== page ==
Coconut Battery  (free)
(Tells you about the health of your Macbook’s battery.  When your laptop gets down to about 80% of its original capacity, it’s time to think about getting a new one.)

Cyberduck (free)
(FTP browser.  “File Transfer Protocol” is how you move files to a server.  More importantly, it’s how you upload HTML files to your ISP’s server to put them on the Web.  There are a number of FTP programs for the Mac, but this one is free, easy to use, and fairly full featured.}

Desktop Icon Manager - DIM (free)
(Saves placement of desktop icons.  A one trick pony, but a valuable one.  It’s way too easy to accidentally set the “View” for your desktop to something that re-arranges everything with no way to get back the organization you set up manually.  With one click, DIM puts your desktop icons right back where they were when you last saved their arrangement.)

DetectX (free/$10 to register)
(Looks for and eliminates all known adware.  Will also remove some malware, but this isn’t a comprehensive solution for dealing with malware....fortunately you don't need a product to look for the latter because the Mac has built-in anti-malware software.)

DrawBerry (free)
(Vector drawing program.  Includes layers and other really nice features.

EasyFind (free)
(Spotlight doesn't look everywhere on your hard drive for things.  It's designed for speed and to keep you away from things that might get you in trouble.  EasyFind looks *everywhere* on your Mac.  It can even look for invisible files.)

Encrypto (free)
(Instantly encrypt and password protect your files or folders.  Decrypt them with a double-click and enter the password.  Not even the FBI can break this encryption.  There is also a free version of this product for Windows, so encrypted files can be shared across platforms!)

FormulatePro (free)
(Allows you to fill in PDF forms on-screen and print them.  Even locked ones.  The latest version of Preview can do most of what Formulate can do, and more, but Formulate is really good at what it does, and makes it easier. )
Note:  This application is not 64-bit and can’t be run under Mac OS 10.15 Catalina and later.

FreeOffice (free)
Comparison chart of the features and costs of each version of this product from Softmaker:
(Very similar to Microsoft Office; with a word processor, spreadsheet and presentation application included.  Excellent compatibility with Microsoft format files!  Softmaker makes two commercial versions of this office suite, but the free version is all that many people might need.  Not a crippled or demo product.  On a par with LibreOffice; each has their strong points and weak points.)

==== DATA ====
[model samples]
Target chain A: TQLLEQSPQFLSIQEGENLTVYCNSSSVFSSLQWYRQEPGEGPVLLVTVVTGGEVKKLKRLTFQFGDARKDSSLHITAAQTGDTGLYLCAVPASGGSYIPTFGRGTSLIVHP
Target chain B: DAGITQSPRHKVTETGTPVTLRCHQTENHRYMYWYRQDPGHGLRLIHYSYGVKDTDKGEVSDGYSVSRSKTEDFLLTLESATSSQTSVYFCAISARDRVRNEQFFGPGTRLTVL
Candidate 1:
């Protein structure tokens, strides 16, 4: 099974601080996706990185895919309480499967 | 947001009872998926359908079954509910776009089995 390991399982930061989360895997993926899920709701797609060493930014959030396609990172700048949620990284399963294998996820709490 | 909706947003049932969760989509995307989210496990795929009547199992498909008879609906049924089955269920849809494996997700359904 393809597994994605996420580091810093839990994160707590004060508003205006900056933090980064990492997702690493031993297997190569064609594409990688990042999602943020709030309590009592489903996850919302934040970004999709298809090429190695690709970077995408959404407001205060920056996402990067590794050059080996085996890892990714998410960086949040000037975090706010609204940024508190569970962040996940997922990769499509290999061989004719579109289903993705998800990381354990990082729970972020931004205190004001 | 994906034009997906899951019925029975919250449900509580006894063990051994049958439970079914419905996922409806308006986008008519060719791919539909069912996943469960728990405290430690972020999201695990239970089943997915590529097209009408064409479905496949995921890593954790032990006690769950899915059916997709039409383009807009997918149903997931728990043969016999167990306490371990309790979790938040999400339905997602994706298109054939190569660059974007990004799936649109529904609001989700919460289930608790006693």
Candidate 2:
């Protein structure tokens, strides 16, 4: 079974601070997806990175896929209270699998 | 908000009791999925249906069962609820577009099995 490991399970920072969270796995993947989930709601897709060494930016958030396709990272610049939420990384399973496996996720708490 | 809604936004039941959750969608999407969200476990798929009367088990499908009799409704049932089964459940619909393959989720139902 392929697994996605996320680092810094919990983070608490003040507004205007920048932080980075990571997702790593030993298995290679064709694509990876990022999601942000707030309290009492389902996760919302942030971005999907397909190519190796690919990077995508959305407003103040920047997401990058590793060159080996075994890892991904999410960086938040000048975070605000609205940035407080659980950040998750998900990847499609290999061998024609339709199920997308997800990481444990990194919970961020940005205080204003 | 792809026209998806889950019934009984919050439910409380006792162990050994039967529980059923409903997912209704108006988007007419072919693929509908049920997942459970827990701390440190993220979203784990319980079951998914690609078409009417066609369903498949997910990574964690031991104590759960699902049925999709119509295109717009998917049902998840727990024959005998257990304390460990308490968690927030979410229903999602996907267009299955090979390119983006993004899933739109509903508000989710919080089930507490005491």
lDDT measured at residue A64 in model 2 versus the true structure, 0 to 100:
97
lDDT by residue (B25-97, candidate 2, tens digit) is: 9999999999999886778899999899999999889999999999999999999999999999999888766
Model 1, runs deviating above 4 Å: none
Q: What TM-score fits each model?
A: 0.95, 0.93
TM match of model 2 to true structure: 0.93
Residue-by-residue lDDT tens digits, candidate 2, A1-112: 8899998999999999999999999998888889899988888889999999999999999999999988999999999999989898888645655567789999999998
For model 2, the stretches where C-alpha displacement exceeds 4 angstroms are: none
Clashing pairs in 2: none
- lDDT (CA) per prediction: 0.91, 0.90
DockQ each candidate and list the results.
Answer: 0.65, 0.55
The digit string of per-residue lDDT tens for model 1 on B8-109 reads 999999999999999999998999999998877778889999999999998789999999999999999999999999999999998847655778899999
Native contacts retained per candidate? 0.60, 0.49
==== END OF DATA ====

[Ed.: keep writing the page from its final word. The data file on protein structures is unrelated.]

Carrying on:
Full Deck Solitaire (free)
(An awesome Solitaire game, offering a bunch of variations and nice game play.)

Gimp (free)
(A very advanced photo retouching, image composition and image authoring program, similar to Photoshop.)
Free tutorials:

Growly Notes
(Notebook program.  A really nice program for keeping notes, snippets from Web sites, etc.  If you work on big projects and need to keep all of your research/thoughts/citations in one place, this is it.  It has a garish default interface, but in Prefs there is an option to change to a very Mac-like interface.  Some prefer Evernote, but this program isn't Web-based, so it's more private.  In very recent versions of the Mac OS, Apple's Notes has evolved to do much of the same things; try Apple’s Notes first and see if it meets your needs.)

GrowlyWrite (free)
(If you want a word processor that is less complex than Microsoft Word or LibreOffice, this one might be what you are looking for.)

GNUCash (free)
(Quicken substitute.  GnuCash is personal and small-business financial-accounting software.  Designed to be easy to use, yet powerful and flexible, GnuCash allows you to track bank accounts, stocks, income and expenses. As quick and intuitive to use as a checkbook register, it is based on professional accounting principles to ensure balanced books and accurate reports. )
How to install:

HitFilm Express (Free after you have spread the word about the product on social media)
(Very powerful video editing and video effects software.)

Inkscape (free)
(A professional-level vector graphics application with layers and many other useful features.)

Itsycal (free)
(A superb little menubar calendar.)

Keynote (free)
(Apple’s own presentation program.  Previously available only with a new Mac or commercially; now totally free.  A joy to use!)

KoalaCalc (free)
(A really nice calculator.  Much more advanced than the one that comes with your Mac.  Includes tape and lots of conversions.)

Libre Office (free)
(A Microsoft Office clone; though more like the Windows version of Office than the Macintosh version.  Compatible with Office files and file formats. Also can open and edit WordPerfect files.  Includes very advanced word processor, spreadsheet, database, drawing, charting, and presentation capabilities.)